(1) is made by a person who at the time of trial is a protected person;

(2) concerns an act that is a material element of an offense listed in subsection (a) or (b) that was allegedly committed against the person; and

(3) is not otherwise admissible in evidence;

is admissible in evidence in a criminal action for [certain enumerated offenses, including child molesting] if the requirements of subsection (e) are met.

(e) A statement or videotape described in subsection (d) is admissible in evidence in a criminal action listed in subsection (a) or (b) if, after notice to the defendant of a hearing and of the defendant's right to be present, all of the following conditions are met:

(1) The court finds, in a hearing:

(A) conducted outside the presence of the jury; and

(B) attended by the protected person in person or by using closed circuit television testimony as described in section 8(f) and 8(g) of this chapter;

that the time, content, and circumstances of the statement or videotape provide sufficient indications of reliability.

(2) The protected person:

(A) testifies at the trial; or

(B) is found by the court to be unavailable as a witness for one (1) of the following reasons:

(i) From the testimony of a psychiatrist, physician, or psychologist, and other evidence, if any, the court finds that the protected person's testifying in the physical presence of the defendant will cause the protected person to suffer serious emotional distress such that the protected person cannot reasonably communicate.

(ii) The protected person cannot participate in the trial for medical reasons.

(iii) The court has determined that the protected person is incapable of understanding the nature and obligation of an oath.

(f) If a protected person is unavailable to testify at the trial for a reason listed in subsection (e)(2)(B), a statement or videotape may be admitted in evidence under this section only if the protected person was available for cross-examination:

(1) at the hearing described in subsection (e)(1); or

(2) when the statement or videotape was made.

I.C. § 35-37-4-6.

A. Sufficient Indications of Reliability

[15] Considerations in making the reliability determination under the PPS include: (1) the time and circumstances of the statement, (2) whether there was significant opportunity for coaching, (3) the nature of the questioning, (4) whether there was a motive to fabricate, (5) use of age-appropriate terminology, and (6) spontaneity and repetition. Trujillo v. State, 806 N.E.2d 317, 325 (Ind. Ct. App. 2004). Lam argues that the trial court abused its discretion by admitting B.L.’s forensic interview because it lacked sufficient indications of reliability. In Lam's view, the conditions surrounding the forensic interview were “unusual”, in that Mother was allowed to be present and that “she actually interjected during the interview to guide B.L.’s responses.” (Appellant's Br. p. 14). Stated differently, Lam claims that Mother coached B.L. during the forensic interview.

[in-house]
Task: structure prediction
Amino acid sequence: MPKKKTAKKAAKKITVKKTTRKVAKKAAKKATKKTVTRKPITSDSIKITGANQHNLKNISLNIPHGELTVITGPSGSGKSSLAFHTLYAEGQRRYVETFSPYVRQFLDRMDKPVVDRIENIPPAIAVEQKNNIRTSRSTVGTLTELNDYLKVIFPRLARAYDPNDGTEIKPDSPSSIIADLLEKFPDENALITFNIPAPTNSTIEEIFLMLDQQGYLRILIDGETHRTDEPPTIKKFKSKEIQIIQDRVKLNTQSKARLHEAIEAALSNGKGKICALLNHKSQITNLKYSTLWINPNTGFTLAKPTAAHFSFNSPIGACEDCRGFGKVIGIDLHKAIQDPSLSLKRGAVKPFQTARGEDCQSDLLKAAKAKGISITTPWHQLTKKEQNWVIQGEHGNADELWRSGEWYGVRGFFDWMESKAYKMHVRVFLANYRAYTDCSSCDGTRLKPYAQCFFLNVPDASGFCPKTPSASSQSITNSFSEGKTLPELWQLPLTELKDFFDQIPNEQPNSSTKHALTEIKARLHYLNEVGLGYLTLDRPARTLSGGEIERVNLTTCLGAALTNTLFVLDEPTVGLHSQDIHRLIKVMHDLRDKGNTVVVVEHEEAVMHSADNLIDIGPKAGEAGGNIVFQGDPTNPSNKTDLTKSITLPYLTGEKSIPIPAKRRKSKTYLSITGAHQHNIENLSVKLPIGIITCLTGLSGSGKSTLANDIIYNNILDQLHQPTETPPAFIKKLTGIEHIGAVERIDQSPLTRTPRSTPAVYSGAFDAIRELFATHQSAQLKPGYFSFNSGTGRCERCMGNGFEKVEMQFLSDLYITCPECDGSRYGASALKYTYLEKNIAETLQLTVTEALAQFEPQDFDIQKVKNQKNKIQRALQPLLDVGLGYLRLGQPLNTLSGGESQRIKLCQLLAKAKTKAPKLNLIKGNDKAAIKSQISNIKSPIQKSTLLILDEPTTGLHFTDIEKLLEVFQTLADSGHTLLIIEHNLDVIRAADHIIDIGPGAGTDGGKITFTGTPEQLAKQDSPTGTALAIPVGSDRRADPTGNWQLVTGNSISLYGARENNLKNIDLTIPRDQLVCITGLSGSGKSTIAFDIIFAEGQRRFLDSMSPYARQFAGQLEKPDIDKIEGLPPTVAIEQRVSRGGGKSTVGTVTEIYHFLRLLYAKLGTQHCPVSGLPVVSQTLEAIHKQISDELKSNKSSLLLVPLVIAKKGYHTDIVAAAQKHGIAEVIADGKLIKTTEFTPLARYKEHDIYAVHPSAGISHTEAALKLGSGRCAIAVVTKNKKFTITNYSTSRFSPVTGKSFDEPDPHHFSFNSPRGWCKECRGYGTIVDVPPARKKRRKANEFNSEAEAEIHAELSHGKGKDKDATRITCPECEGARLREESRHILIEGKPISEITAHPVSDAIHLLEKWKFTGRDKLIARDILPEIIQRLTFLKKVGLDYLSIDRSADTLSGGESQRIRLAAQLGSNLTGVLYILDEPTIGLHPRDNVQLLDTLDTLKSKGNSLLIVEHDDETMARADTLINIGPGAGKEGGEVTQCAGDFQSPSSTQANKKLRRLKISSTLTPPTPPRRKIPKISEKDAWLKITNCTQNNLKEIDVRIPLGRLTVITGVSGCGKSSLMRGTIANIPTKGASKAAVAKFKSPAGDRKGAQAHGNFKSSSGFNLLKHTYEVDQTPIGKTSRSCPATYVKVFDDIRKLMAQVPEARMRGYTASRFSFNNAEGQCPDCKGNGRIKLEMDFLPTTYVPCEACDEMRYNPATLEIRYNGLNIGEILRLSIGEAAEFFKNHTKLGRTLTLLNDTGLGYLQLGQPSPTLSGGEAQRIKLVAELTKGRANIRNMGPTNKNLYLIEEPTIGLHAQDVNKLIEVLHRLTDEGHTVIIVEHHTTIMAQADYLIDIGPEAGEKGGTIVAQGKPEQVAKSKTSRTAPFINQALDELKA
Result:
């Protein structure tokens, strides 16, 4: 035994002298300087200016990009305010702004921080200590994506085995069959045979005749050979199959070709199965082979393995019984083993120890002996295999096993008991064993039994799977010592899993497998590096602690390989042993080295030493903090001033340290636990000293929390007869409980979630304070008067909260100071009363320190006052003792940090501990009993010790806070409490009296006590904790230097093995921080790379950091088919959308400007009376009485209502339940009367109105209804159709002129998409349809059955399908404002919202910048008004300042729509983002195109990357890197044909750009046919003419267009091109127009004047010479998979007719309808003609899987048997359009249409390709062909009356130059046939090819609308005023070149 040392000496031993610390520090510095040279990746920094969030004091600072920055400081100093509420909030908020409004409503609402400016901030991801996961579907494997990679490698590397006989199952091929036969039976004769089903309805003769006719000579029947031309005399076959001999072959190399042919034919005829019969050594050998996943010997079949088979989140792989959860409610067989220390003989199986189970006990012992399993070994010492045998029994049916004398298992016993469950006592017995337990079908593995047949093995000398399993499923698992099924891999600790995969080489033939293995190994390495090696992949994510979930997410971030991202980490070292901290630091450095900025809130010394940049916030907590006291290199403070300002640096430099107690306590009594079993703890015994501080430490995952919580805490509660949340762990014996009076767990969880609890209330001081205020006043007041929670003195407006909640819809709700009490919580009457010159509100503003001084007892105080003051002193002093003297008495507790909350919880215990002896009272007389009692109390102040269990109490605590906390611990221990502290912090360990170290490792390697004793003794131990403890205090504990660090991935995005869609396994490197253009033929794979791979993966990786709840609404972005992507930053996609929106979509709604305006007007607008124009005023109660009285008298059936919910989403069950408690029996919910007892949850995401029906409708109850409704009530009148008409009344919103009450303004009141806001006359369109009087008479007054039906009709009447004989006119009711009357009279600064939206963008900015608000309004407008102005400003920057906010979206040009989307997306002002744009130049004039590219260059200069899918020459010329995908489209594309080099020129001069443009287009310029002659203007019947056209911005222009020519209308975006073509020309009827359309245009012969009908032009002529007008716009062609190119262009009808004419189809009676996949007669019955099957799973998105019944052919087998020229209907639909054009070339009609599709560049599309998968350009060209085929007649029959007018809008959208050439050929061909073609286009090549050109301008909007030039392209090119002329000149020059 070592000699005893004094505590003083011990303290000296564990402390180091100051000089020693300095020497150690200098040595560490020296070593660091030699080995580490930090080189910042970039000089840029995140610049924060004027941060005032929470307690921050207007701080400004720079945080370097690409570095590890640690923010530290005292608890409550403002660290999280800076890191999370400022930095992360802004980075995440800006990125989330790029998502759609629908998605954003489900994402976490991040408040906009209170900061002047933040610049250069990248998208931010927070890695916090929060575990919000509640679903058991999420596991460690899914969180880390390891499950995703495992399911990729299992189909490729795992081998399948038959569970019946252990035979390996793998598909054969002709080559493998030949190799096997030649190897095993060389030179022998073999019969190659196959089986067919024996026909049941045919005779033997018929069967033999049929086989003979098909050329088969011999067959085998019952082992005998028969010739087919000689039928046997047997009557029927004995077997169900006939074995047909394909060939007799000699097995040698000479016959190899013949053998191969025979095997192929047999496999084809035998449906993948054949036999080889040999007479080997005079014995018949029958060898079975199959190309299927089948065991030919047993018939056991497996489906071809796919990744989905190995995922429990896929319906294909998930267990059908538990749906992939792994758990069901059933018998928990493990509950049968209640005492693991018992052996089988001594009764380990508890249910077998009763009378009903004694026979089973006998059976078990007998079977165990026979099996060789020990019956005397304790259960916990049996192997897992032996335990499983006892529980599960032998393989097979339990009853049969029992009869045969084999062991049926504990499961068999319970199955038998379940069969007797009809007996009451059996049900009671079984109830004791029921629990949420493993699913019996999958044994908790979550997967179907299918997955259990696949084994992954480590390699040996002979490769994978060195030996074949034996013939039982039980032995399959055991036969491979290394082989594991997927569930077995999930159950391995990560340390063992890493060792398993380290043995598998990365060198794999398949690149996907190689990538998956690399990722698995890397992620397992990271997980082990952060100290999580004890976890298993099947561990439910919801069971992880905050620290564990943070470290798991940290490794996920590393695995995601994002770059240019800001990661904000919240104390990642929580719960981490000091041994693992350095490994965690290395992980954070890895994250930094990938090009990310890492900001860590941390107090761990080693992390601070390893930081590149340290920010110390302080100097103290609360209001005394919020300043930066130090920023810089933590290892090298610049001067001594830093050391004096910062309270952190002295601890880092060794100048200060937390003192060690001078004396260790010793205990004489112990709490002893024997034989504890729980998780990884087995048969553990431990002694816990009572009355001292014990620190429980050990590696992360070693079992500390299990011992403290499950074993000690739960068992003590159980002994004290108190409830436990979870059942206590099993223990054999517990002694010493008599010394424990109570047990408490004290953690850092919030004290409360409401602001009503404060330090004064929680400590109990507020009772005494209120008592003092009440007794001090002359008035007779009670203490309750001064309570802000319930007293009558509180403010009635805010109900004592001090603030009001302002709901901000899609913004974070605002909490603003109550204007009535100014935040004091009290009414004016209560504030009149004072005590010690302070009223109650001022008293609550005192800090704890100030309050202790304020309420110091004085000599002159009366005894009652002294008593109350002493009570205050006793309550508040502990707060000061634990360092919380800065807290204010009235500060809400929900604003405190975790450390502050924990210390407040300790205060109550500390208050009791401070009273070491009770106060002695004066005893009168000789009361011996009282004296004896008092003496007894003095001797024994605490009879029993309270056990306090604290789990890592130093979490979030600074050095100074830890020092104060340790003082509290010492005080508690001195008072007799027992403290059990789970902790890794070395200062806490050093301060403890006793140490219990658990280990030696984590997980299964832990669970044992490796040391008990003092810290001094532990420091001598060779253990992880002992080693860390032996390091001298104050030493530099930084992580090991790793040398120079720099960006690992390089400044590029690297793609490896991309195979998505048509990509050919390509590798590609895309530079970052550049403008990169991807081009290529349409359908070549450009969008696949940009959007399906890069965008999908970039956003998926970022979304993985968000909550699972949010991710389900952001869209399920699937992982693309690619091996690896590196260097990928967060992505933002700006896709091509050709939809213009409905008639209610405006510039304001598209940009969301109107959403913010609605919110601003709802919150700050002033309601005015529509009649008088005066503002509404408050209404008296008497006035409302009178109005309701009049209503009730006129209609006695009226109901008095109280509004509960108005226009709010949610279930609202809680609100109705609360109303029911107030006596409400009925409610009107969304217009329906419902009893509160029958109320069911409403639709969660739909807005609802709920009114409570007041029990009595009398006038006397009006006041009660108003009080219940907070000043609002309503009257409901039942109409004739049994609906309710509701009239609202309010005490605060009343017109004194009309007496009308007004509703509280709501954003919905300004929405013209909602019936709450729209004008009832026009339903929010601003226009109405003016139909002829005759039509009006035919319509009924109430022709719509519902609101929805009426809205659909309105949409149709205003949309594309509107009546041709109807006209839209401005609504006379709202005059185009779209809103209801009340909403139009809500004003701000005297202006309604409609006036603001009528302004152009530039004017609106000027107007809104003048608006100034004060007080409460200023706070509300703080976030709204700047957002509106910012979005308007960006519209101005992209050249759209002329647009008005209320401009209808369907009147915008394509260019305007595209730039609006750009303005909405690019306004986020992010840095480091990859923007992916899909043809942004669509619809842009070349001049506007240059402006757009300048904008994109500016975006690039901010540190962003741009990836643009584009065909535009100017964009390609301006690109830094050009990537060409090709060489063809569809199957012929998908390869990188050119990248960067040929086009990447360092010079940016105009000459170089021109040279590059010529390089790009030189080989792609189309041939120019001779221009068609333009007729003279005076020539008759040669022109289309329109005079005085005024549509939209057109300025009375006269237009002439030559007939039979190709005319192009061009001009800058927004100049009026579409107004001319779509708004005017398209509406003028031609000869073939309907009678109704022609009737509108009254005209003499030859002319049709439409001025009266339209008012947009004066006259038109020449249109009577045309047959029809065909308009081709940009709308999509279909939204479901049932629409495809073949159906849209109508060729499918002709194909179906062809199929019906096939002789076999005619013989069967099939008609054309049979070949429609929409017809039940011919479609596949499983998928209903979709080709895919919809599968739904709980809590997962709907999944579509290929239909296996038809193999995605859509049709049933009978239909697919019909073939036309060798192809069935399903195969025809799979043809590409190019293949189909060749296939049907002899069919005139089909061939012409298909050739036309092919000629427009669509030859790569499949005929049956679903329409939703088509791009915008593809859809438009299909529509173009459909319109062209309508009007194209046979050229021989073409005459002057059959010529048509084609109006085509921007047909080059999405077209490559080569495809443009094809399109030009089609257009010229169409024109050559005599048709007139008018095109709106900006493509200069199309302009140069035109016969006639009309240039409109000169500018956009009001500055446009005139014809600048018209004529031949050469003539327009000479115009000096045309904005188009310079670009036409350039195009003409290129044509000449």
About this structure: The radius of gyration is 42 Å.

[16] Contrary to his claim that Mother might have coached B.L., the record shows that no more questions or information were obtained from B.L. after Mother joined B.L. in the room because B.L. categorically stated that she did not wish to carry on with the interview. Further, aside from Lam's claims that it was unusual for a parent to be present during a forensic interview, Cope stated that this has happened in other interviews. Accordingly, we conclude that there was evidence that B.L.’s recorded forensic interview contained sufficient indications of reliability.

B. Unavailability

[17] Lam contends that the trial court erred in finding B.L. to be unavailable to testify not because she would suffer emotional trauma, but because she could not recall the alleged molestation. Lam's argument is unpersuasive. The purpose of the PPS is to “spare children the trauma of testifying in open court against an alleged sexual predator.” Tyler, 903 N.E.2d at 466. To that end, the PPS explicitly states, in part, that the State can show that the protected person is found to be unavailable as a witness based on the testimony of a “physician.” I.C. § 35-37-4-6(e)(2)(B)(i). The State in the instant case relied on B.L.’s pediatrician's testimony to prove that B.L. would suffer emotional distress if required to testify against Lam face-to-face. Therefore, we find that this evidence readily supports the trial court's conclusion that B.L. is a protected person who was unavailable as a witness under Indiana Code section 35-37-4-6 and that, consequently, her out-of-court statements to the forensic interviewer were admissible under the PPS.

C. Specific Findings